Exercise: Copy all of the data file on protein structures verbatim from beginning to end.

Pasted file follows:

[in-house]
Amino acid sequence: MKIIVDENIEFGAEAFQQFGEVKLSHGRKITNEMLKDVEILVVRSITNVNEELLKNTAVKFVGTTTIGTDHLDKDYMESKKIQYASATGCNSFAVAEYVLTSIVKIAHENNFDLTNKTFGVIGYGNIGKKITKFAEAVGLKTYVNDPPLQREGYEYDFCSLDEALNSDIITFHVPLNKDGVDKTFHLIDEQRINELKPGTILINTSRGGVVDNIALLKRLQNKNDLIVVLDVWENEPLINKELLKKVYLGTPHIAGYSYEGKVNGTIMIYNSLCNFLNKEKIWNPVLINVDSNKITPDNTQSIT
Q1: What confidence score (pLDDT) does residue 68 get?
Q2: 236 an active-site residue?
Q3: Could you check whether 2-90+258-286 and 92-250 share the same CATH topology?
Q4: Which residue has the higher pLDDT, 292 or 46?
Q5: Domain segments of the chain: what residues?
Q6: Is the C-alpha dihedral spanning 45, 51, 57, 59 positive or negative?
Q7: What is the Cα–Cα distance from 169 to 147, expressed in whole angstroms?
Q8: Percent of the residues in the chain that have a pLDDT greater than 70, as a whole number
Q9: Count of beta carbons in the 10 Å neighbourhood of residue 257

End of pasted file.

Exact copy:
[in-house]
Amino acid sequence: MKIIVDENIEFGAEAFQQFGEVKLSHGRKITNEMLKDVEILVVRSITNVNEELLKNTAVKFVGTTTIGTDHLDKDYMESKKIQYASATGCNSFAVAEYVLTSIVKIAHENNFDLTNKTFGVIGYGNIGKKITKFAEAVGLKTYVNDPPLQREGYEYDFCSLDEALNSDIITFHVPLNKDGVDKTFHLIDEQRINELKPGTILINTSRGGVVDNIALLKRLQNKNDLIVVLDVWENEPLINKELLKKVYLGTPHIAGYSYEGKVNGTIMIYNSLCNFLNKEKIWNPVLINVDSNKITPDNTQSIT
Q1: What confidence score (pLDDT) does residue 68 get?
Q2: 236 an active-site residue?
Q3: Could you check whether 2-90+258-286 and 92-250 share the same CATH topology?
Q4: Which residue has the higher pLDDT, 292 or 46?
Q5: Domain segments of the chain: what residues?
Q6: Is the C-alpha dihedral spanning 45, 51, 57, 59 positive or negative?
Q7: What is the Cα–Cα distance from 169 to 147, expressed in whole angstroms?
Q8: Percent of the residues in the chain that have a pLDDT greater than 70, as a whole number
Q9: Count of beta carbons in the 10 Å neighbourhood of residue 257